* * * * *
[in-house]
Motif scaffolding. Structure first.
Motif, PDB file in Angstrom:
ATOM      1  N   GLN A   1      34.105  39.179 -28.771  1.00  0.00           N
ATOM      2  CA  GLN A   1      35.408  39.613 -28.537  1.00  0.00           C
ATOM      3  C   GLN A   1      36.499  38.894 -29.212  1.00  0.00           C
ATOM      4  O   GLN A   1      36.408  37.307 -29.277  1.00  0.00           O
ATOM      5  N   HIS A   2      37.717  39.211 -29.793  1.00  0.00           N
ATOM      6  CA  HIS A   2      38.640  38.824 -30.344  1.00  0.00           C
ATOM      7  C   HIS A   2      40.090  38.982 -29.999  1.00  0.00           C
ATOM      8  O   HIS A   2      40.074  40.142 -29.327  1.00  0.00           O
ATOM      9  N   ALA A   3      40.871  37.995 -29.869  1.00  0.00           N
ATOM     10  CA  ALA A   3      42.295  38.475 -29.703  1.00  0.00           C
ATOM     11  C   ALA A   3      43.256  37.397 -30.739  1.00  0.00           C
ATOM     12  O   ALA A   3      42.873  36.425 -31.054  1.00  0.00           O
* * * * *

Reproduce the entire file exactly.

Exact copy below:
[in-house]
Motif scaffolding. Structure first.
Motif, PDB file in Angstrom:
ATOM      1  N   GLN A   1      34.105  39.179 -28.771  1.00  0.00           N
ATOM      2  CA  GLN A   1      35.408  39.613 -28.537  1.00  0.00           C
ATOM      3  C   GLN A   1      36.499  38.894 -29.212  1.00  0.00           C
ATOM      4  O   GLN A   1      36.408  37.307 -29.277  1.00  0.00           O
ATOM      5  N   HIS A   2      37.717  39.211 -29.793  1.00  0.00           N
ATOM      6  CA  HIS A   2      38.640  38.824 -30.344  1.00  0.00           C
ATOM      7  C   HIS A   2      40.090  38.982 -29.999  1.00  0.00           C
ATOM      8  O   HIS A   2      40.074  40.142 -29.327  1.00  0.00           O
ATOM      9  N   ALA A   3      40.871  37.995 -29.869  1.00  0.00           N
ATOM     10  CA  ALA A   3      42.295  38.475 -29.703  1.00  0.00           C
ATOM     11  C   ALA A   3      43.256  37.397 -30.739  1.00  0.00           C
ATOM     12  O   ALA A   3      42.873  36.425 -31.054  1.00  0.00           O